Biology is the study of life on earth. The History of Biology however, focuses on the advent of life on earth, right from the ancient times. Biological discoveries have a remarkable impact on the human society. Traditionally, the history of biology is diversified into two wings – studies on medicine and theories of natural history. Medicines are not results of current biological discoveries.
Have you heard names like Hippocrates, Aristotle and Galen of Pergamum? Well, these eminent people were first explorers of the anatomy and physiology of living organisms. Their works focused on the naturalist leanings of organisms, especially animals. Theophrastus, the most notable work of Aristotle still holds a valuable place in the hearts of our modern-day scientists. Do you know why? Theophrastus makes an enormous contribution to the study of zoology, botany, ecology and taxonomy, all of which are essential branches of biology.
Awareness about medicines became prominent during the middle ages. It is believed that Islamic scholars working in accordance with the Galenic and Aristotelian traditions were the first to introduce medicinal science. Neolithic Revolution was a big turning point in the history of biology. This age old revolution dated 10,000 years ago brought practices of farming and animal husbandry into limelight. Much before the study of human beings, biology referred to the study of plant and animal life. Works on botanical studies by Albertus Magnus (1206-1280) and ‘The Art on Falconry,’ introducing the first resource to ornithology by the Holy Roman Emperor Frederick II (1194-1250) played a pivotal role in shaping the natural history of biology.
Botany flourished during the Renaissance and early modern period. Plants were then referred as ‘materia medica’ because studies proved that plants brimmed with amazing medicinal properties. Not just the Greek culture but ancient cultures of Egypt, China, Mesopotamia and India had immense contribution in the evolution of biology. From classical Chinese medicine, formulated on the basis of theories by Yin and Yang and the Five Phases to the Indian introduction of Ayurveda, discovery and study of medicinal sciences became highly popular. Zhuangzi, the noted Taoist philosopher first brought his ideas about evolution on the boards during the 4th Century. His philosophy stated that species differ in attributes in response to diverse environmental conditions. Developments began springing in gradually during the 17th and 18th Century. Theories regarding a quantitative approach to physiology and Santorio’s studies on Metabolism ruled the charts. It was only during the 19th Century when several disciplines of biological science were introduced like embryology, cytology, morphology, bacteriology, paleontology, geography and geology.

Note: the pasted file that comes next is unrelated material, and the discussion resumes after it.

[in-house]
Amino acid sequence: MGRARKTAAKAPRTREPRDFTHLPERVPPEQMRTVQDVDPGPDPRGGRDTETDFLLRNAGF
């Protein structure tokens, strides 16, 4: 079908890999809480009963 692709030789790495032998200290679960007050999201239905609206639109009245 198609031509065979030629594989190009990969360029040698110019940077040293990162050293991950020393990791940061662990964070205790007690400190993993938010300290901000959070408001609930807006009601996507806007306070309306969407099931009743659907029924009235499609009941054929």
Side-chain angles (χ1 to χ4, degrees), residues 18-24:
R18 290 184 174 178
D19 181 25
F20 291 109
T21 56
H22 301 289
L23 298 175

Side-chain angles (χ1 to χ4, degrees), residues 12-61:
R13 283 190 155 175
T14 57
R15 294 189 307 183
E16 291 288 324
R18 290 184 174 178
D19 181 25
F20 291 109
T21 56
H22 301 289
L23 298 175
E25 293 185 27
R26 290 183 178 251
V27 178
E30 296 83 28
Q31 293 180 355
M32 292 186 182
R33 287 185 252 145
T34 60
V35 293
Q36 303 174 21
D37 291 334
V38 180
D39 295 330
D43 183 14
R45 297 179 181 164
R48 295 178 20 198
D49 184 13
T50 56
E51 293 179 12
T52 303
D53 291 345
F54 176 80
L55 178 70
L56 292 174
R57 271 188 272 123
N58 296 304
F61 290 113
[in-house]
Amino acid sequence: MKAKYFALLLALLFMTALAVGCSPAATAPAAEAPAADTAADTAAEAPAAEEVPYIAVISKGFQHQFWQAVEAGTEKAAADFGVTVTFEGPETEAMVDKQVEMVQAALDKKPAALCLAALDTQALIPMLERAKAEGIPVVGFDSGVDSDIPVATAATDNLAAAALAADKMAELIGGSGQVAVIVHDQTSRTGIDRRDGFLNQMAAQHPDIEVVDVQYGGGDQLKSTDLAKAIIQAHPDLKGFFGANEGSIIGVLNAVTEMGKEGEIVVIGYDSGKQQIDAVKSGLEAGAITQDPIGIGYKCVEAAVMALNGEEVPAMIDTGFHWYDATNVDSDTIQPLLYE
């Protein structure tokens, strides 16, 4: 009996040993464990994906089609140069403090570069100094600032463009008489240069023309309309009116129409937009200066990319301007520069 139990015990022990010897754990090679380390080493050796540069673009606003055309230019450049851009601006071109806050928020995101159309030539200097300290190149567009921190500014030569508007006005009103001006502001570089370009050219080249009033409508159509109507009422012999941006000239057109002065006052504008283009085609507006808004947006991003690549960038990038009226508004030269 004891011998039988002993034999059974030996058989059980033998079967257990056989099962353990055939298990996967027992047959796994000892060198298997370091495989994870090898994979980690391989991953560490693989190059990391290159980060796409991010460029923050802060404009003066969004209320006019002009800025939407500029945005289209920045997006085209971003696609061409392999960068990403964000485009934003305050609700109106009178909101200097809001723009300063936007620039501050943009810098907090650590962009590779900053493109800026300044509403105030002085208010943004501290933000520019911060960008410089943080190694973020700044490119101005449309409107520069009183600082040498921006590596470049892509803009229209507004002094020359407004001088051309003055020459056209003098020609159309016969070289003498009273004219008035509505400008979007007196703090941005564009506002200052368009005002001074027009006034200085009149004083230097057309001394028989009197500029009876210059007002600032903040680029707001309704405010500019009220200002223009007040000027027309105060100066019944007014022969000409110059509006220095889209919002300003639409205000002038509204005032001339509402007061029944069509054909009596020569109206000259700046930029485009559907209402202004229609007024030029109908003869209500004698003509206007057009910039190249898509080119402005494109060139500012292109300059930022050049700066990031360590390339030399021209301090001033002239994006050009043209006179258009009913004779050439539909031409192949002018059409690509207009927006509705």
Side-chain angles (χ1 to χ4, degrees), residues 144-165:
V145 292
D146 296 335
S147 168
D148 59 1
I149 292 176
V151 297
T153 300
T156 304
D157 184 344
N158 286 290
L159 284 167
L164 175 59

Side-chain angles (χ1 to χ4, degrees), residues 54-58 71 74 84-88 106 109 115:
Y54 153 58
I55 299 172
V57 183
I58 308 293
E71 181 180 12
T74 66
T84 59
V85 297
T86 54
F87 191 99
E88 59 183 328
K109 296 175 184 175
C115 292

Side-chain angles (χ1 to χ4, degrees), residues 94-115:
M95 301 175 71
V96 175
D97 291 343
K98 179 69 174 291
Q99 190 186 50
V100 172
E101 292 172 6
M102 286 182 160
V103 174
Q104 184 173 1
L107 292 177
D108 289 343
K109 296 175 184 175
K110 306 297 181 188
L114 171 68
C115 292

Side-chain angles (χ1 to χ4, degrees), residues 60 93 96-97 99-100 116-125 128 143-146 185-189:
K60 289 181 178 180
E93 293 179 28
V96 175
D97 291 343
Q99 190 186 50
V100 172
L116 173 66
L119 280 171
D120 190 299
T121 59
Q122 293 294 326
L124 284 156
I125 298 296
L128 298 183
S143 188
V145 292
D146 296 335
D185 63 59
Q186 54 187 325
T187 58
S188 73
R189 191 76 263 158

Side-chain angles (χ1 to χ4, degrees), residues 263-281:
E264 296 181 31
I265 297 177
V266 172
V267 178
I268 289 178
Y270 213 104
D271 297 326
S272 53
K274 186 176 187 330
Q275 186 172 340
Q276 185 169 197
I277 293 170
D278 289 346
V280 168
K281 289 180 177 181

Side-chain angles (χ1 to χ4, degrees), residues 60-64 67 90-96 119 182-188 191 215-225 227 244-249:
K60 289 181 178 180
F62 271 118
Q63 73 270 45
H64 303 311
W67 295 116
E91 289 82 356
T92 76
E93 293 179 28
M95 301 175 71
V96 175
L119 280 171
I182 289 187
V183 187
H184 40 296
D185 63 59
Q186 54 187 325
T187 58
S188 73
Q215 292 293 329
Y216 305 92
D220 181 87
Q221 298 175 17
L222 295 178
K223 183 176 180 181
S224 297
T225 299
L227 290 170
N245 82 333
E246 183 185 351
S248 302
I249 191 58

The roots of Biology, the term coined after combining the Greek words of ‘Bios’ meaning life and ‘Logy’ meaning science dates back to the secular traditions of ancient philosophies. Learning about the history of biology is an attempt to understand the evolution of science.
Here are some excellent resources on various historians and scientists who have contributed to biological studies from the dawn of time:
A Brief History of the Human Genome Project
This chapter summarizes human genetics and its history with simple descriptions of modes of inheritance using the commonly-used terms from the genetic literature. It also describes current efforts to create genetic maps and to sequence the 3 billion bases in the human genome.
Biographies – the Scientists
Alphabetical list of scientists, including biologists, each with a precis of the scientists life and achievements. Links to deeper and more extensive materials.
Adam Sedgwick (1785-1873)